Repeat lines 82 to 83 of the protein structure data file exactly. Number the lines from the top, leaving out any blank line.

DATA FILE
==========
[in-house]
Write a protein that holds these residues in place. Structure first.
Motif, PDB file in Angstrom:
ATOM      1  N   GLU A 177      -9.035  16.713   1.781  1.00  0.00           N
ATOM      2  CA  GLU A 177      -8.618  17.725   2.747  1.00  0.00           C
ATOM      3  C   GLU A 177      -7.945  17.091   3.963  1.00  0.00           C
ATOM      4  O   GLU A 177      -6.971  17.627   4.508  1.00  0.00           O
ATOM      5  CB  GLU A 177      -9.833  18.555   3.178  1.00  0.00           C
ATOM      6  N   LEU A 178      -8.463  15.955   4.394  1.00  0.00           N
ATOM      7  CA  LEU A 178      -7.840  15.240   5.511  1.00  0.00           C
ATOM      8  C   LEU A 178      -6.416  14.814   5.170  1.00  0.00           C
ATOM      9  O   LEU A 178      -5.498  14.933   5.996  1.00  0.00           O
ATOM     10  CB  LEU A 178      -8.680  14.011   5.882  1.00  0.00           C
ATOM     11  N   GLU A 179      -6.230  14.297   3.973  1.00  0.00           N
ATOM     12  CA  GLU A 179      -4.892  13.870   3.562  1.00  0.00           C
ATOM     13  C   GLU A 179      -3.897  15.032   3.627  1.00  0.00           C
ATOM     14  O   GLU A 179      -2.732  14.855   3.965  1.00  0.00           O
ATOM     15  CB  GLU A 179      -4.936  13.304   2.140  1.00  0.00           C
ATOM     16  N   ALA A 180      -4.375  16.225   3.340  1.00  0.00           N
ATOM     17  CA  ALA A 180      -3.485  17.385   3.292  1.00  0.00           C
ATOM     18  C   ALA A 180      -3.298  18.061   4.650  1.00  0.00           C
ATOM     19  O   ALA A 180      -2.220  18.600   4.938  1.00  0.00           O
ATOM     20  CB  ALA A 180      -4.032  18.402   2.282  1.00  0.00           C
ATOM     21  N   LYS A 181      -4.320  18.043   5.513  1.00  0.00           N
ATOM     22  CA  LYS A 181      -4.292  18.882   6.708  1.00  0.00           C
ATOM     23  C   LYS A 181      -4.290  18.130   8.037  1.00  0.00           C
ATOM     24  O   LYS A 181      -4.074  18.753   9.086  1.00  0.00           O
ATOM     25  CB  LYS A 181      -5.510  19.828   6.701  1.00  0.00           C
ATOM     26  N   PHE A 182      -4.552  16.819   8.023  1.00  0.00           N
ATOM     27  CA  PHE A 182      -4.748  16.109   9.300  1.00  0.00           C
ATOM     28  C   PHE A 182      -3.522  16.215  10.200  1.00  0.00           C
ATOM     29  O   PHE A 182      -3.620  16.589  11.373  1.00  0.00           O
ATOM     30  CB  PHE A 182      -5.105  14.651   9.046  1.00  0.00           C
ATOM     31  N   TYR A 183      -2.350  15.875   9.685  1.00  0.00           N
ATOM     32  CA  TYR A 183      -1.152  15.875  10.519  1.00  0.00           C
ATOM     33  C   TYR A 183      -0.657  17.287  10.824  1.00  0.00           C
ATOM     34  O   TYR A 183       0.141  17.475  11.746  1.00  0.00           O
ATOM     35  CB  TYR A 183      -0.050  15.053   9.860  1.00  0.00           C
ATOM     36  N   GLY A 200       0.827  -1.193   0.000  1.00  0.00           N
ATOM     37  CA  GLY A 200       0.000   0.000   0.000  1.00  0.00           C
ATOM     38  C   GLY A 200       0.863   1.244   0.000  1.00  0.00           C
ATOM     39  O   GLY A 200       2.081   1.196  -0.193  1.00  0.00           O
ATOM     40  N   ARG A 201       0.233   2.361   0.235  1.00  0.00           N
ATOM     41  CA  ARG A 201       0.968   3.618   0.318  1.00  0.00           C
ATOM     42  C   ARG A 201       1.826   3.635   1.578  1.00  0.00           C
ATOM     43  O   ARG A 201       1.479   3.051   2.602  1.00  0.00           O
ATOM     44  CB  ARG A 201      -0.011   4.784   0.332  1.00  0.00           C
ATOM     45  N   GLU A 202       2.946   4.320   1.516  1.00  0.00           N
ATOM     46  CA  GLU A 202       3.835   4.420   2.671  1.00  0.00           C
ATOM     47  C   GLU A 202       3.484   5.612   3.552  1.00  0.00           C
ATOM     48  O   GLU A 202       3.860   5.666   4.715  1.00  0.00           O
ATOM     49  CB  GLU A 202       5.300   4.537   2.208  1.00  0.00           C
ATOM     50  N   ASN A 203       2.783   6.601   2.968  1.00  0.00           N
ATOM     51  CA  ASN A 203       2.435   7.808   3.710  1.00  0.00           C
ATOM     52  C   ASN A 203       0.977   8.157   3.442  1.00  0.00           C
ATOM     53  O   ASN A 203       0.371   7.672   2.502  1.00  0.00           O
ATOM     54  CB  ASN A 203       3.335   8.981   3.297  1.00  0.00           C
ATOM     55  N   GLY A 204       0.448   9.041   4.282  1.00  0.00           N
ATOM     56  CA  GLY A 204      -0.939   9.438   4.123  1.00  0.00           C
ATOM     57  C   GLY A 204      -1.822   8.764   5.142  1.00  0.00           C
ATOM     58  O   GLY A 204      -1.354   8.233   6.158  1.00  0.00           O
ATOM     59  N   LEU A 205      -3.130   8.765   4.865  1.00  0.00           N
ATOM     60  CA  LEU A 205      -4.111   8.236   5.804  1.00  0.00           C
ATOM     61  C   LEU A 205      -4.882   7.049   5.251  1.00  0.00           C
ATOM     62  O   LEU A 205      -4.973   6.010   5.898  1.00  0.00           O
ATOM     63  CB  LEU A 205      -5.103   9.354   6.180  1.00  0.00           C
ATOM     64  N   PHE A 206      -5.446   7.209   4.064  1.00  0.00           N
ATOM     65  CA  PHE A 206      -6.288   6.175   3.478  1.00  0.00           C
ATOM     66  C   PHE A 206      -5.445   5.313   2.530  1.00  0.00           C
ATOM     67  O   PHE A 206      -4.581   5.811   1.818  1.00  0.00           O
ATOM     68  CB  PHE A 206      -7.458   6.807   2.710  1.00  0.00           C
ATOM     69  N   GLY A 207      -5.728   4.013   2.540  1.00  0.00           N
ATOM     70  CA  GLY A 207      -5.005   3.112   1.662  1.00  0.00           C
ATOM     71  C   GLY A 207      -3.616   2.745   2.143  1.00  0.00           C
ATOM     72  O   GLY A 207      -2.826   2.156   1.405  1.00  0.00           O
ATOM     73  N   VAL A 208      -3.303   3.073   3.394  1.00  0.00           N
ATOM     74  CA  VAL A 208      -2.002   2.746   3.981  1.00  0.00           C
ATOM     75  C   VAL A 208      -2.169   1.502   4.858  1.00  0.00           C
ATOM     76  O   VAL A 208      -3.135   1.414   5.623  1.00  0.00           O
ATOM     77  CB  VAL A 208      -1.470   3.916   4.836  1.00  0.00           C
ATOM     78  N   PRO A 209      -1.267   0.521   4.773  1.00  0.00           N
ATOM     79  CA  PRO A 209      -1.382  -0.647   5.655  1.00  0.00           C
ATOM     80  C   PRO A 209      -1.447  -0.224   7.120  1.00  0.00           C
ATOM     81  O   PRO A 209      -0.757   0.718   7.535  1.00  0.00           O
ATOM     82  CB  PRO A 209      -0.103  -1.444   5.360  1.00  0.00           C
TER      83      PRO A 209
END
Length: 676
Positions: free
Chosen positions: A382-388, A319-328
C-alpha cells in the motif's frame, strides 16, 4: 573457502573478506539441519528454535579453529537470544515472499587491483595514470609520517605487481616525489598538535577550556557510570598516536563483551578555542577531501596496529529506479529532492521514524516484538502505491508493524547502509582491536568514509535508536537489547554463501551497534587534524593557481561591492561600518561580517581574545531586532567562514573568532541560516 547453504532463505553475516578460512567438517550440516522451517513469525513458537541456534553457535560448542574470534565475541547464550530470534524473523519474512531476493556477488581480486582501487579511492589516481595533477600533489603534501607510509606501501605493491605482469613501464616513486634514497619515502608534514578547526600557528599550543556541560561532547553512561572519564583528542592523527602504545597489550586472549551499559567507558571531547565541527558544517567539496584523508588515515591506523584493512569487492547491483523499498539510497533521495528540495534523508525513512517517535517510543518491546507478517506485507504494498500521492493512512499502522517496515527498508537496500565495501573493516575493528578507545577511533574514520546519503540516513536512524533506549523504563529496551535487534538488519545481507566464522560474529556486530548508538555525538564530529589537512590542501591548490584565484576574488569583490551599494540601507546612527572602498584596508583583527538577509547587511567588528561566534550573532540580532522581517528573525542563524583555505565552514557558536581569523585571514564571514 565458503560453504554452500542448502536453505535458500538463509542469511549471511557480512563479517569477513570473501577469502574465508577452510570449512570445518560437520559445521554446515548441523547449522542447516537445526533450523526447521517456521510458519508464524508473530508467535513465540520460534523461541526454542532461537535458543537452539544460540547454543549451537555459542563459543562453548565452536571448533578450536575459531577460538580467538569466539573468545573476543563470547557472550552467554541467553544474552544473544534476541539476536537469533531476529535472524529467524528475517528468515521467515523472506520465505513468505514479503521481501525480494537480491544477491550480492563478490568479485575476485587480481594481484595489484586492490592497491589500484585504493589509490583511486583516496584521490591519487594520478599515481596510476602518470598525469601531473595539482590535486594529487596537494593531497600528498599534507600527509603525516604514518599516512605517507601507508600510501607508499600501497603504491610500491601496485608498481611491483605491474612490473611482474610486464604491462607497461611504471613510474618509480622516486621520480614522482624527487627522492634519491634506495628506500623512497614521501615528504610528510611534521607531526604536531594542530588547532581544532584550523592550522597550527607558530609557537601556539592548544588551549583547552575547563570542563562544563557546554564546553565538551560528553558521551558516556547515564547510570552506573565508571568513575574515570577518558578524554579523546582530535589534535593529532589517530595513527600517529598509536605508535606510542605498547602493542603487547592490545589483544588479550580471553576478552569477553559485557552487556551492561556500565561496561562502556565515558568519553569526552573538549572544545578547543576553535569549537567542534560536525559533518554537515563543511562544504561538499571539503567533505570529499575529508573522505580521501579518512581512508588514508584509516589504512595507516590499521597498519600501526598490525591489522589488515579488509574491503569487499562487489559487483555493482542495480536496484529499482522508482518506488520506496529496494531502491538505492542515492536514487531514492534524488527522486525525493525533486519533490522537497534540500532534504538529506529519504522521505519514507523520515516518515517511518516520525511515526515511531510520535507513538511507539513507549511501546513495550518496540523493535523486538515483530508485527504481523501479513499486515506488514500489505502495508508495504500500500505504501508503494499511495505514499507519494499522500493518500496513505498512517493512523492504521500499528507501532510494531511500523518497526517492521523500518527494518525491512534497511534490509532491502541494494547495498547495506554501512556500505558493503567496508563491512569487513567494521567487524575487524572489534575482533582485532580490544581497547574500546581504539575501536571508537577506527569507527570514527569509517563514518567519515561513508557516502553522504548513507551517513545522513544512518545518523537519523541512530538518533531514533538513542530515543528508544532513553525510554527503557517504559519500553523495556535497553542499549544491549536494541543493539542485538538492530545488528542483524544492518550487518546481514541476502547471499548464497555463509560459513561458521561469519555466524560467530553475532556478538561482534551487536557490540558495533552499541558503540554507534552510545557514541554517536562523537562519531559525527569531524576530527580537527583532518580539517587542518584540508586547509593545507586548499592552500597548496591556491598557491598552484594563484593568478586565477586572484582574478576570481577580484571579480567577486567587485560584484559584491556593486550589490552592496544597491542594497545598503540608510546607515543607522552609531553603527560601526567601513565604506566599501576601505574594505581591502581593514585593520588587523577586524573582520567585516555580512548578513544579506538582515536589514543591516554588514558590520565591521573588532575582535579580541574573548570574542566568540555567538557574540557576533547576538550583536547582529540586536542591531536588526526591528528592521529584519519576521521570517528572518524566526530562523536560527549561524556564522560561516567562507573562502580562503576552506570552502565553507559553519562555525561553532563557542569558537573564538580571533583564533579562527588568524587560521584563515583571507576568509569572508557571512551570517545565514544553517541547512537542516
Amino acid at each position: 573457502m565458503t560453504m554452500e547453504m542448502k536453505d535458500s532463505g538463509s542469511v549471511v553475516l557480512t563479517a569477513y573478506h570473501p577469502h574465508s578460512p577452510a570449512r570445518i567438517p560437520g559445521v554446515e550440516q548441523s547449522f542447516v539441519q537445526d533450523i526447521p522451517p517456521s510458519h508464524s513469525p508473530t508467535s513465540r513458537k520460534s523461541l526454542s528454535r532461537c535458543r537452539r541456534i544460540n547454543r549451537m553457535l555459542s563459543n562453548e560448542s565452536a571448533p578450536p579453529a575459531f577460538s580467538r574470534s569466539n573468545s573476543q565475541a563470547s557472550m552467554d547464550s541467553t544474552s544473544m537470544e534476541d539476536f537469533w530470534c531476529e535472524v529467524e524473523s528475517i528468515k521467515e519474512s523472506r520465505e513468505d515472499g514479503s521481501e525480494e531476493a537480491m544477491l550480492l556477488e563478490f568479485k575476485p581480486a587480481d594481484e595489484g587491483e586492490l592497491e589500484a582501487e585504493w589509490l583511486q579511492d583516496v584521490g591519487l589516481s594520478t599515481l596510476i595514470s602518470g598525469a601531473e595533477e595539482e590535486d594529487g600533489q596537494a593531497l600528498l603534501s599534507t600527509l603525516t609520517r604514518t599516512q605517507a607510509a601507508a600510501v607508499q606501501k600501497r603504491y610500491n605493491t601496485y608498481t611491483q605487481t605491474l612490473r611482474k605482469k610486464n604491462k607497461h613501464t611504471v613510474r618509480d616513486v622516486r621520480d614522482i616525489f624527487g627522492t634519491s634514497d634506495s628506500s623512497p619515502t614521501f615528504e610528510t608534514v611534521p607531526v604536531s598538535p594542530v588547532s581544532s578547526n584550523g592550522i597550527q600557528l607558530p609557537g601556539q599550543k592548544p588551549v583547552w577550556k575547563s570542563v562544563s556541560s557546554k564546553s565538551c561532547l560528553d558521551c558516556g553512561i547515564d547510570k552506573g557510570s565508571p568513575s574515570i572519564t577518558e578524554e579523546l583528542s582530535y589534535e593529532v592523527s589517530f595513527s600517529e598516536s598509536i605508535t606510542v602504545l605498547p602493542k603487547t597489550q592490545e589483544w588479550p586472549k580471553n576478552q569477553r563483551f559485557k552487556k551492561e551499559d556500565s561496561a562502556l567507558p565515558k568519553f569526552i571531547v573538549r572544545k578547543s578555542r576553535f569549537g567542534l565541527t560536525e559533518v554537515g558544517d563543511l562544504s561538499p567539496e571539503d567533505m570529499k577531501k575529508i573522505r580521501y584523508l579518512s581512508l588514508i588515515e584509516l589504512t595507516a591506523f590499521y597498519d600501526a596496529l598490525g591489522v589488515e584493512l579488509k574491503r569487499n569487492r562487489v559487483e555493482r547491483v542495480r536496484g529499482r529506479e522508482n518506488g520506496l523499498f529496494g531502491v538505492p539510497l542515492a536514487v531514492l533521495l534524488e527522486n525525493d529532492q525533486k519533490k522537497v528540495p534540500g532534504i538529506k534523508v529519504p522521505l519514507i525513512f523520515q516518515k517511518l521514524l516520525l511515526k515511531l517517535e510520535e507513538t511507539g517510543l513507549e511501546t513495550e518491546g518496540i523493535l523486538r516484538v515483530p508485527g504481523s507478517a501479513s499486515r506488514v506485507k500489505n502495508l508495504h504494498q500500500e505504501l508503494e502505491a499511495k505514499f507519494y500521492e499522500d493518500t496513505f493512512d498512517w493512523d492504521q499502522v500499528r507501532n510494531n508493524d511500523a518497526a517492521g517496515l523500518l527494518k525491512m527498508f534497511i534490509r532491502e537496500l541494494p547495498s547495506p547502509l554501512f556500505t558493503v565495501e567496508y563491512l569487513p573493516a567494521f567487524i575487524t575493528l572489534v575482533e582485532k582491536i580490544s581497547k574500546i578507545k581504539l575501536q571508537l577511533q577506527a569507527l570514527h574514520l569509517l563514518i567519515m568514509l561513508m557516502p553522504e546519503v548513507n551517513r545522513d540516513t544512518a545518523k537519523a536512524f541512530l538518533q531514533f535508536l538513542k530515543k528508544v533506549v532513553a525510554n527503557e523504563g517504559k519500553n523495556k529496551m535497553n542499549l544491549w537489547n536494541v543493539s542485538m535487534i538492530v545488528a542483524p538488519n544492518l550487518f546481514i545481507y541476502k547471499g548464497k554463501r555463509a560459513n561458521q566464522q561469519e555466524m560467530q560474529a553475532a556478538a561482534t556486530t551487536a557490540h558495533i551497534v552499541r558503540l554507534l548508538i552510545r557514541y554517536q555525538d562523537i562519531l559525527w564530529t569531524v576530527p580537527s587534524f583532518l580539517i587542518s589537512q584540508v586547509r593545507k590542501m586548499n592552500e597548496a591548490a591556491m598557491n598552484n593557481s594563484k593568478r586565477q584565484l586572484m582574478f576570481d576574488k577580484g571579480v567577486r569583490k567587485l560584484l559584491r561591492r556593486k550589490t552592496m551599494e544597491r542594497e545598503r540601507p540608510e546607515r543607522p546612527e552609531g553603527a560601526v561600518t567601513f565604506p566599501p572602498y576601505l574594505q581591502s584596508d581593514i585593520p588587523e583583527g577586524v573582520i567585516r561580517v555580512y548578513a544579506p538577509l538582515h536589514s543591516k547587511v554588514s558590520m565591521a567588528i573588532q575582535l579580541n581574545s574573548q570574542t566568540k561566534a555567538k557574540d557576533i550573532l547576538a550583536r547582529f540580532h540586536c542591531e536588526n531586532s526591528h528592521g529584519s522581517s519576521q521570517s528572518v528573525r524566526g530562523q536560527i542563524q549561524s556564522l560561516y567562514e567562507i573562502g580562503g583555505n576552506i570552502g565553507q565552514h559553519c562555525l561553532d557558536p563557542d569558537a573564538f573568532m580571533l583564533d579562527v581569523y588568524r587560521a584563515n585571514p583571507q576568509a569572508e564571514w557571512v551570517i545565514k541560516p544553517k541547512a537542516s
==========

ATOM     79  CA  PRO A 209      -1.382  -0.647   5.655  1.00  0.00           C
ATOM     80  C   PRO A 209      -1.447  -0.224   7.120  1.00  0.00           C